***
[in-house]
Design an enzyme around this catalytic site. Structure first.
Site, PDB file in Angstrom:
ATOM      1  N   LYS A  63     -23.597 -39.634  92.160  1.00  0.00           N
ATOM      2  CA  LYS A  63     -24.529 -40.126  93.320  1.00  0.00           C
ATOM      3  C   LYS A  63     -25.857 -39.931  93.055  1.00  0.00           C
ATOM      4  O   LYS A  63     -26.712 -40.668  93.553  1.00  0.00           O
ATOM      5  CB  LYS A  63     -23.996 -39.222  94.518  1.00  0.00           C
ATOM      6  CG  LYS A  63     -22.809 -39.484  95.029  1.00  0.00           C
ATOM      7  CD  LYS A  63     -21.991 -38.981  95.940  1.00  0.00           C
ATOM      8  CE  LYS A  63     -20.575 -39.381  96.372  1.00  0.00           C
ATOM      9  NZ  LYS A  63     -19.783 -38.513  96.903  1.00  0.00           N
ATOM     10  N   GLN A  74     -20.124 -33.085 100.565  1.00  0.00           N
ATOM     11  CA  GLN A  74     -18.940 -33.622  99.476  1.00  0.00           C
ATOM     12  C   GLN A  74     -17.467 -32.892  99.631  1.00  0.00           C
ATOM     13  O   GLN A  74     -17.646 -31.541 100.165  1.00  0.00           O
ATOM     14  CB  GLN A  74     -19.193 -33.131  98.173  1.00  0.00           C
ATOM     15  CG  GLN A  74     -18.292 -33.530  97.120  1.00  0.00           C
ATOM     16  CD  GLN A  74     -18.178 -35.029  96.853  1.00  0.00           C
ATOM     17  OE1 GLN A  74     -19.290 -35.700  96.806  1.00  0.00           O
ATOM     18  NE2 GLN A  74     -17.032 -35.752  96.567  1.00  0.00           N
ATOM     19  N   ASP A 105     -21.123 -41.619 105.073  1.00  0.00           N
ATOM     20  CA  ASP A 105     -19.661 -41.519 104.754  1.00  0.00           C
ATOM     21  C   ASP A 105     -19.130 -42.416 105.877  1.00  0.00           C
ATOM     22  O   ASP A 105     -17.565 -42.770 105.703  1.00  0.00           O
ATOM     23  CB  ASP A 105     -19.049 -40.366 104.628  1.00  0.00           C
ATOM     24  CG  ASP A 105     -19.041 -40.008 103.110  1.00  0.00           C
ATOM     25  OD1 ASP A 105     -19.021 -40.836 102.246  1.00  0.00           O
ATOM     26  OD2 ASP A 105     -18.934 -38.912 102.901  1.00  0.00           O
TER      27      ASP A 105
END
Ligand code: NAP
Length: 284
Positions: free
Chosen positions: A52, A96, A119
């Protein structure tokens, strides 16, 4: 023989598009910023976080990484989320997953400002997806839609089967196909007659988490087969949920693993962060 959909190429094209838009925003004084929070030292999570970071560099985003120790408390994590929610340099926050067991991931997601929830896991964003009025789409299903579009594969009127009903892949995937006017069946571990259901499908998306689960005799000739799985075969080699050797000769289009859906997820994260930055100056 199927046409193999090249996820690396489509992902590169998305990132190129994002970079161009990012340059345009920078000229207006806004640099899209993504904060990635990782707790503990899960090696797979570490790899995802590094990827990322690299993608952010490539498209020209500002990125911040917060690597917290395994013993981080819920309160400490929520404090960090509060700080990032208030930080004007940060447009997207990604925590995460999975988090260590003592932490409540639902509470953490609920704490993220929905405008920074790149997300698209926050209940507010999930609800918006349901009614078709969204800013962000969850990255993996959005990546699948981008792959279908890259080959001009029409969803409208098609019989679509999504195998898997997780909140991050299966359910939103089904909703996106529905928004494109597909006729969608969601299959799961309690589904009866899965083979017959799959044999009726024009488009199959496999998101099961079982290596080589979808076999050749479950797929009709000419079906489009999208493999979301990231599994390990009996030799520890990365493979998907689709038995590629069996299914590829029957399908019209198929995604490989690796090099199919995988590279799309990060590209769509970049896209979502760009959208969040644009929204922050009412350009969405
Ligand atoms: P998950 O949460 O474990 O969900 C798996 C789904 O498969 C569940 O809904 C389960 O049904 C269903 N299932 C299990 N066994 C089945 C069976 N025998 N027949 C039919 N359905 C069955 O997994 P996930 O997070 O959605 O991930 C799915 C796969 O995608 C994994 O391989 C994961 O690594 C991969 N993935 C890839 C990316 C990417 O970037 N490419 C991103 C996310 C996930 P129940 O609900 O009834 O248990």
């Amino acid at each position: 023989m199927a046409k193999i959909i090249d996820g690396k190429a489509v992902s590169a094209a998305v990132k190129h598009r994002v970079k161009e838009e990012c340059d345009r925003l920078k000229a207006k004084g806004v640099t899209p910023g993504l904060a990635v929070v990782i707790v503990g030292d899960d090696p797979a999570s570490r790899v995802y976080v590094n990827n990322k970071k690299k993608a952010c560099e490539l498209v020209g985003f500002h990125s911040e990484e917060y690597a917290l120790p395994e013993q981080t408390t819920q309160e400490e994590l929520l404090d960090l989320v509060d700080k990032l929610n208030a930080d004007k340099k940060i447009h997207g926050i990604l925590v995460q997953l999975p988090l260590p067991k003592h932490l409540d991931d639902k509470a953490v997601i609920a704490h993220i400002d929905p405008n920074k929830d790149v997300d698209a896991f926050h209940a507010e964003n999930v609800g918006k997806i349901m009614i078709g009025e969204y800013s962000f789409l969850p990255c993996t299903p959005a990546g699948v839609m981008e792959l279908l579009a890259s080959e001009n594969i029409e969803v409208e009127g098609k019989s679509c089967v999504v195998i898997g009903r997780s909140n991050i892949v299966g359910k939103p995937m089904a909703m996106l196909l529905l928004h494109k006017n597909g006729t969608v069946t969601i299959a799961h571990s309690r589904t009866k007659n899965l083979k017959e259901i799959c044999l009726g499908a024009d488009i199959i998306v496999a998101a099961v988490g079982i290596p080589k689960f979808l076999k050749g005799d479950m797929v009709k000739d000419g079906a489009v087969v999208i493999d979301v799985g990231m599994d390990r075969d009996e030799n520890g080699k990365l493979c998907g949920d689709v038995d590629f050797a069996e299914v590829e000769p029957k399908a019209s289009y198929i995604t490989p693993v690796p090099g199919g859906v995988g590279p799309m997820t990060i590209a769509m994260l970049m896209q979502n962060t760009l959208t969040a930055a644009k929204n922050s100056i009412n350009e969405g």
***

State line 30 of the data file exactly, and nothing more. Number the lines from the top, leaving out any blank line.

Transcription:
TER      27      ASP A 105